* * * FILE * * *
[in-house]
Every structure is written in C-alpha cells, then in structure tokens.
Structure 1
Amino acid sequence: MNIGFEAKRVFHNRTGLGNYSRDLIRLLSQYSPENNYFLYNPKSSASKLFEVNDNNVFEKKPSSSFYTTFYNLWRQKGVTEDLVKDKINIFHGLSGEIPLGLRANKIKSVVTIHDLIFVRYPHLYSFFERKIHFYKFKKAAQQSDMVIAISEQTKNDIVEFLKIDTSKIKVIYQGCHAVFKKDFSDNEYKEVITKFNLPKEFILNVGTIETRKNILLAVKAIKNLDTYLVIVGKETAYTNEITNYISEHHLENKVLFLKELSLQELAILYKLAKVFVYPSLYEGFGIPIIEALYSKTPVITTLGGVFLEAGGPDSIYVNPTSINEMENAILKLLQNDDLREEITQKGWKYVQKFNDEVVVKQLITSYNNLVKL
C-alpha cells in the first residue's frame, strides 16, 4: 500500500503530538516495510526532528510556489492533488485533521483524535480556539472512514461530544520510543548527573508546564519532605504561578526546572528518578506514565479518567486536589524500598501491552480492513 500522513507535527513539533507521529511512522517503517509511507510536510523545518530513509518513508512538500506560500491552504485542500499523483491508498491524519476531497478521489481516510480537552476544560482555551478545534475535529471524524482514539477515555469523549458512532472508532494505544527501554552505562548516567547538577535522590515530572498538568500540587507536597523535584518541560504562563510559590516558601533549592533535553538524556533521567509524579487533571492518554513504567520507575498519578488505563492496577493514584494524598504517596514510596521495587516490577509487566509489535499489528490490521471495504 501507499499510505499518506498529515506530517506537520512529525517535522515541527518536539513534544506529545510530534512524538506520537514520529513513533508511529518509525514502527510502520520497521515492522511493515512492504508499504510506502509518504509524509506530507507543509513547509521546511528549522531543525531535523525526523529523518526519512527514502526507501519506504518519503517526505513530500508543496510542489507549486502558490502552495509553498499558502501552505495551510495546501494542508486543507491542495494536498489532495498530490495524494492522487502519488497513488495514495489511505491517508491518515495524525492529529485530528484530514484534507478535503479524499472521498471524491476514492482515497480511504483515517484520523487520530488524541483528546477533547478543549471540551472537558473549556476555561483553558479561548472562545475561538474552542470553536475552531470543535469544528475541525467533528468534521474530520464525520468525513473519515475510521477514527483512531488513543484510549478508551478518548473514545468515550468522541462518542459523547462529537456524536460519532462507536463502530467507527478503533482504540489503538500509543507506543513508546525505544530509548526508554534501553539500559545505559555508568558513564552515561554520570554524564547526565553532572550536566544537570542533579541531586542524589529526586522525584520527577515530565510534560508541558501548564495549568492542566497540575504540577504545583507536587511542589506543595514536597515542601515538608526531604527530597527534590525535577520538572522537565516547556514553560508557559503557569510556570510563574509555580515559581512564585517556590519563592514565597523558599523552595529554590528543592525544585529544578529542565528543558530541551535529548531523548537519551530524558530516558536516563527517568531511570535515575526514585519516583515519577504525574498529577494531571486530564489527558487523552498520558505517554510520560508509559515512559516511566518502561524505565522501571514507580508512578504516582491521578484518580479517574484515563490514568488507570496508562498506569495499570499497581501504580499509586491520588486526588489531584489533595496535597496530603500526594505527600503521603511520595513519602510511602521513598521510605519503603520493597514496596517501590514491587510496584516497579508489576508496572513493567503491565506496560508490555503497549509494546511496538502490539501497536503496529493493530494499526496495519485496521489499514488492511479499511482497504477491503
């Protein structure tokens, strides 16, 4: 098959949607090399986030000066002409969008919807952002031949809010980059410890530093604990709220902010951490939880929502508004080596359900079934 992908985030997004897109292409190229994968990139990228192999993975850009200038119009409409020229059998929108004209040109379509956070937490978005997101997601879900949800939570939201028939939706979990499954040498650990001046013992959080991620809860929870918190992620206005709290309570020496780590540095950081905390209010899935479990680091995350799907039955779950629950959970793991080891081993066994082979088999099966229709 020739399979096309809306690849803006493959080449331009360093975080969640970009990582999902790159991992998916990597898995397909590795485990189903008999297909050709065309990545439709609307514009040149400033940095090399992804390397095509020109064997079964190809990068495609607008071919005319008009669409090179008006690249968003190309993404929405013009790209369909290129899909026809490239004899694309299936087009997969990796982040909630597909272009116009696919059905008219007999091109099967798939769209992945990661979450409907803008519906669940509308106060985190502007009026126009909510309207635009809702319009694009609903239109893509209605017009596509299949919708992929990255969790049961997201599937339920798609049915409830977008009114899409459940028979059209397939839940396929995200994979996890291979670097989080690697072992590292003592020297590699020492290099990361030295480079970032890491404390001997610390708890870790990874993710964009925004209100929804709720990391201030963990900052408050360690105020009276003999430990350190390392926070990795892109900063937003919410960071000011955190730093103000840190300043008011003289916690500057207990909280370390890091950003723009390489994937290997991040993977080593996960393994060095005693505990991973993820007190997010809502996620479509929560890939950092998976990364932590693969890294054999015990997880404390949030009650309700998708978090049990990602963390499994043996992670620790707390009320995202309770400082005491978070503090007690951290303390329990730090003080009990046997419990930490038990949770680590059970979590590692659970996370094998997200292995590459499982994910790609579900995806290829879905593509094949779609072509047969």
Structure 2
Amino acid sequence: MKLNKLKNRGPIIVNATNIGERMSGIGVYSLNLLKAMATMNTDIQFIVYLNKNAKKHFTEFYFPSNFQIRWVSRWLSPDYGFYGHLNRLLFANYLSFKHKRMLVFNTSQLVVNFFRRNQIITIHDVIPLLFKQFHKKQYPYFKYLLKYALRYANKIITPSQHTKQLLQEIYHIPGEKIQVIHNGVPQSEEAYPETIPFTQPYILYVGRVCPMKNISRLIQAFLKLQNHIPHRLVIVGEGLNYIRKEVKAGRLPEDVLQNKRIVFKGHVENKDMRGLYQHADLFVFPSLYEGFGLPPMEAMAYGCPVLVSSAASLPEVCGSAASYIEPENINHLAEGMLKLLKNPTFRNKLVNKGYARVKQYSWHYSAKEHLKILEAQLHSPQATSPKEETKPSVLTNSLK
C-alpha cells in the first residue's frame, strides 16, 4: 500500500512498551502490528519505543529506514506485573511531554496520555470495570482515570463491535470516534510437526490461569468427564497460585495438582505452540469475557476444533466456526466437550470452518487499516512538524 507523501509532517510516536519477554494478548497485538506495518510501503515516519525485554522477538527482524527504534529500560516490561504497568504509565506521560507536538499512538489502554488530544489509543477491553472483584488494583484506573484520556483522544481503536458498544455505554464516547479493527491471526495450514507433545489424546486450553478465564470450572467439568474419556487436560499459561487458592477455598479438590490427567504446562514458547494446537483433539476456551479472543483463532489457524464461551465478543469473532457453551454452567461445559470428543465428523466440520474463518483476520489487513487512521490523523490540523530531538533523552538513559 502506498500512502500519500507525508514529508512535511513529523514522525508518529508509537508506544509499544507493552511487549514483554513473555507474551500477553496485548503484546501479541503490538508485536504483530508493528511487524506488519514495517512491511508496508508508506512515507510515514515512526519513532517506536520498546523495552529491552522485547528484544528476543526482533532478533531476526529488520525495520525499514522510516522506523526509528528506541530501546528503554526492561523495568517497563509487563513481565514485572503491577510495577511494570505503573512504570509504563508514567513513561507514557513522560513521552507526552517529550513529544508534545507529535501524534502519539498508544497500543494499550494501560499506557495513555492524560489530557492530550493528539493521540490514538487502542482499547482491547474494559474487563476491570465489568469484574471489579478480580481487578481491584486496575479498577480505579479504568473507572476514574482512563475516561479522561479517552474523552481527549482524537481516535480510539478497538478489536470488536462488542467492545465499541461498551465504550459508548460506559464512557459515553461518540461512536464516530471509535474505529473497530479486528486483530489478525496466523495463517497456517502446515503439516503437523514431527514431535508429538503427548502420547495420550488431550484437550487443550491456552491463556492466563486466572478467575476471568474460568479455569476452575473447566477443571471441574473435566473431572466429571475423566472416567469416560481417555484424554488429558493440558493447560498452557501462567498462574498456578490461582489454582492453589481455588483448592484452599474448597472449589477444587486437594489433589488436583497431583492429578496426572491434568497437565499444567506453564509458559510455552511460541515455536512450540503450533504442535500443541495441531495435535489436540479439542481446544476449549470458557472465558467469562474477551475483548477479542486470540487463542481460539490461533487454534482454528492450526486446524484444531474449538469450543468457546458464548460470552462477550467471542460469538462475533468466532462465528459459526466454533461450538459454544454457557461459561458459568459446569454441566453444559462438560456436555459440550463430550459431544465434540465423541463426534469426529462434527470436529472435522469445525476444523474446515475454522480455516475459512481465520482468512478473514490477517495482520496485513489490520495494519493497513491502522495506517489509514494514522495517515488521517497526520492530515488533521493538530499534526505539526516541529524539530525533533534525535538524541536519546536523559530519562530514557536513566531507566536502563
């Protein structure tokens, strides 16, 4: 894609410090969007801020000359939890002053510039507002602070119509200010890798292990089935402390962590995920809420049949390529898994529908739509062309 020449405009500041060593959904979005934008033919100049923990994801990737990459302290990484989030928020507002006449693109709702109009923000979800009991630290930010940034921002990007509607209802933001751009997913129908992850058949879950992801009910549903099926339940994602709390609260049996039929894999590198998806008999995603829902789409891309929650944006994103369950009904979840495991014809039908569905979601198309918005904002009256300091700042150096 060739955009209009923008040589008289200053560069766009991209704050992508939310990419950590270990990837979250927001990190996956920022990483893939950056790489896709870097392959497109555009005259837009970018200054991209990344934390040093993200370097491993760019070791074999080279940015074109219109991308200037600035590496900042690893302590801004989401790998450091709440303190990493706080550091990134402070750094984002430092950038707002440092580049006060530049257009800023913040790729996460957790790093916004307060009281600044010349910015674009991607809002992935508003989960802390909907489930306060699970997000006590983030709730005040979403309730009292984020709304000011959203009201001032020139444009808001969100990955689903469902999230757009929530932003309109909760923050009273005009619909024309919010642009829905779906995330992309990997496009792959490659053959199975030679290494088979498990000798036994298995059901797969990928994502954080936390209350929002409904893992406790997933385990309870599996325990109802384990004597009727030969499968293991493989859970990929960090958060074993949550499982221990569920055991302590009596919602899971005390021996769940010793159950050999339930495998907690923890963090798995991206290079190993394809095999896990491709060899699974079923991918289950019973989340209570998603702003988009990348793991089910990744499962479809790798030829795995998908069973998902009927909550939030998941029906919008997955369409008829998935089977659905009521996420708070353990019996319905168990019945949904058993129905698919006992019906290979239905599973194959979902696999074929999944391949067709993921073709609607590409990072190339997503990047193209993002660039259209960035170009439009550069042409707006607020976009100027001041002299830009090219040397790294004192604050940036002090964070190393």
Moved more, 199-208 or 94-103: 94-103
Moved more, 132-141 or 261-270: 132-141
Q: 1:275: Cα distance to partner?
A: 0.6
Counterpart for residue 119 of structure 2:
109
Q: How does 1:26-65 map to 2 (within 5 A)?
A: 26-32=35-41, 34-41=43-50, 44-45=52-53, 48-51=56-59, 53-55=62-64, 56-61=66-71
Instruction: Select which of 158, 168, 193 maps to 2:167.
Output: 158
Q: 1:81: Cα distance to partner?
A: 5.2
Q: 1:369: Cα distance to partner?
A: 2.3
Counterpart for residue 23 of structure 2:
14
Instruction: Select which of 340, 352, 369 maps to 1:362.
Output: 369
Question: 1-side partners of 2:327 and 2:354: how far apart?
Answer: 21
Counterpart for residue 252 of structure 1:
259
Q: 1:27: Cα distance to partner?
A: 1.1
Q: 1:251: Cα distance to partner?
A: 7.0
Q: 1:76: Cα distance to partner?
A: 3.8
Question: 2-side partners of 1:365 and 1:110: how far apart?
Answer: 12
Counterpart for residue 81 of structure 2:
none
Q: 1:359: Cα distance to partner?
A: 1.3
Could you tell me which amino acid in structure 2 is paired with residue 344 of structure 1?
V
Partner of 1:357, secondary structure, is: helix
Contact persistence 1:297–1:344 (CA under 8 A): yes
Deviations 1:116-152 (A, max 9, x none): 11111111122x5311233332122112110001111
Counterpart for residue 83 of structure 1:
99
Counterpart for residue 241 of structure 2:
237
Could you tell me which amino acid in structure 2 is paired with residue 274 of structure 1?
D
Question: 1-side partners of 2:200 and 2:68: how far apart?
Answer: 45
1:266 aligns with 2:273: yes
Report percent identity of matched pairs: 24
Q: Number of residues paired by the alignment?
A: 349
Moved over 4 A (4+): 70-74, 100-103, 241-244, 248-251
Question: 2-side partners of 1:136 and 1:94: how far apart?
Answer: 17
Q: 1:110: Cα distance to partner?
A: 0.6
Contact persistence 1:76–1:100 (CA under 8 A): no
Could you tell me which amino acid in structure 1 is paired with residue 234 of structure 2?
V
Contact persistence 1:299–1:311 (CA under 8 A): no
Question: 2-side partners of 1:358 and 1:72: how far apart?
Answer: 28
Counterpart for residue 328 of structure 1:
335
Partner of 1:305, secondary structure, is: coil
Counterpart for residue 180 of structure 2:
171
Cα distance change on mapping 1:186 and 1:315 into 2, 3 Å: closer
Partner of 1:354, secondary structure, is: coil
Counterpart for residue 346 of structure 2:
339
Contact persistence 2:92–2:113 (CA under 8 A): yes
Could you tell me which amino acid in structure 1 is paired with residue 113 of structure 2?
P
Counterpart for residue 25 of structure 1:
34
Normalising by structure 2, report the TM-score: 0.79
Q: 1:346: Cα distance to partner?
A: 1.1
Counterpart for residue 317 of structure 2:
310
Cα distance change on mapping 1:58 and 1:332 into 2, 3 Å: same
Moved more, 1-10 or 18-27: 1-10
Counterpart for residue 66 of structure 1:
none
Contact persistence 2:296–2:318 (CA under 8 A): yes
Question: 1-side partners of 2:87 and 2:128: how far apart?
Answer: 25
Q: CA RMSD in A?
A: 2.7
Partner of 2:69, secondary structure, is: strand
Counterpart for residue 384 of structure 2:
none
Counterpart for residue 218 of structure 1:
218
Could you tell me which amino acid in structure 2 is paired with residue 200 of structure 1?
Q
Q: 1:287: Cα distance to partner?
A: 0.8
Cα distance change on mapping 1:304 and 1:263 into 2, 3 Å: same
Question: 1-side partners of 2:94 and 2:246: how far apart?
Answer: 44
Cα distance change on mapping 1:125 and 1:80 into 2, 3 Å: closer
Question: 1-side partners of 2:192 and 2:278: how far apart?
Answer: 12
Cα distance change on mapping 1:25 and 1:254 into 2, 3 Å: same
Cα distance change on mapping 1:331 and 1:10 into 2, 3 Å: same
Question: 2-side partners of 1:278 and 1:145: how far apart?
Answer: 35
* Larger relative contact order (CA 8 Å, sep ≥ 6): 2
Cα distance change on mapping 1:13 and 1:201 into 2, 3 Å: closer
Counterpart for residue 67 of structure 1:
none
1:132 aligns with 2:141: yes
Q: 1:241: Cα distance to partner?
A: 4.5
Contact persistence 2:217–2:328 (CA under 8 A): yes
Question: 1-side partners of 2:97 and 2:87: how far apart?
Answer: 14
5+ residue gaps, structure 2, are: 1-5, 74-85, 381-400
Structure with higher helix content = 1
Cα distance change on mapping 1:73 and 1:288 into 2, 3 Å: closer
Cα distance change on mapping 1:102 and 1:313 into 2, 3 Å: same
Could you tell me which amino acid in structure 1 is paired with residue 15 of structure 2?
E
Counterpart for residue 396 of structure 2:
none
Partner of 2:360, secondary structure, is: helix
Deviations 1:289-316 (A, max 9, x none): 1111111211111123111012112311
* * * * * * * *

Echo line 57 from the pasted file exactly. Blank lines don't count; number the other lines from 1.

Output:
Answer: 45